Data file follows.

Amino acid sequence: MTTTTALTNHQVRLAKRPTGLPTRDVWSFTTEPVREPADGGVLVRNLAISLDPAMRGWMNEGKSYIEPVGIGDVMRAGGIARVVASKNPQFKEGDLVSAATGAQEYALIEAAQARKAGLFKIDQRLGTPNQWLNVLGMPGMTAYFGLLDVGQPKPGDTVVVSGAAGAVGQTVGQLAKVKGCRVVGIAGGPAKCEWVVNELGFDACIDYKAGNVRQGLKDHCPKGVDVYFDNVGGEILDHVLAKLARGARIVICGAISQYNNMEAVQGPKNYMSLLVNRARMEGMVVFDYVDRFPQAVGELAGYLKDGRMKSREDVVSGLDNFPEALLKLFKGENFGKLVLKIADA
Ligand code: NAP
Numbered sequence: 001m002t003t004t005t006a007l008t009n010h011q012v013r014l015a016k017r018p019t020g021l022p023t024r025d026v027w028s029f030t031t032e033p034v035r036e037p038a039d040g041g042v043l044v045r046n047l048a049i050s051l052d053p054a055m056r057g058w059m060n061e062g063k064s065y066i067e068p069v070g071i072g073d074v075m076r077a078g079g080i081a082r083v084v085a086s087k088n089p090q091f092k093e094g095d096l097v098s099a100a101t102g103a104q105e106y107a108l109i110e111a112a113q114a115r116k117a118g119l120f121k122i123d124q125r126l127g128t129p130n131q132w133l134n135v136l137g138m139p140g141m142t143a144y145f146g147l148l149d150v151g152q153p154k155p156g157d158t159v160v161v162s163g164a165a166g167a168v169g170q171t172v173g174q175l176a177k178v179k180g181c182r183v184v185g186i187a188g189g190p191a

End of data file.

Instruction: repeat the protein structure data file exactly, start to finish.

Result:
Amino acid sequence: MTTTTALTNHQVRLAKRPTGLPTRDVWSFTTEPVREPADGGVLVRNLAISLDPAMRGWMNEGKSYIEPVGIGDVMRAGGIARVVASKNPQFKEGDLVSAATGAQEYALIEAAQARKAGLFKIDQRLGTPNQWLNVLGMPGMTAYFGLLDVGQPKPGDTVVVSGAAGAVGQTVGQLAKVKGCRVVGIAGGPAKCEWVVNELGFDACIDYKAGNVRQGLKDHCPKGVDVYFDNVGGEILDHVLAKLARGARIVICGAISQYNNMEAVQGPKNYMSLLVNRARMEGMVVFDYVDRFPQAVGELAGYLKDGRMKSREDVVSGLDNFPEALLKLFKGENFGKLVLKIADA
Ligand code: NAP
Numbered sequence: 001m002t003t004t005t006a007l008t009n010h011q012v013r014l015a016k017r018p019t020g021l022p023t024r025d026v027w028s029f030t031t032e033p034v035r036e037p038a039d040g041g042v043l044v045r046n047l048a049i050s051l052d053p054a055m056r057g058w059m060n061e062g063k064s065y066i067e068p069v070g071i072g073d074v075m076r077a078g079g080i081a082r083v084v085a086s087k088n089p090q091f092k093e094g095d096l097v098s099a100a101t102g103a104q105e106y107a108l109i110e111a112a113q114a115r116k117a118g119l120f121k122i123d124q125r126l127g128t129p130n131q132w133l134n135v136l137g138m139p140g141m142t143a144y145f146g147l148l149d150v151g152q153p154k155p156g157d158t159v160v161v162s163g164a165a166g167a168v169g170q171t172v173g174q175l176a177k178v179k180g181c182r183v184v185g186i187a188g189g190p191a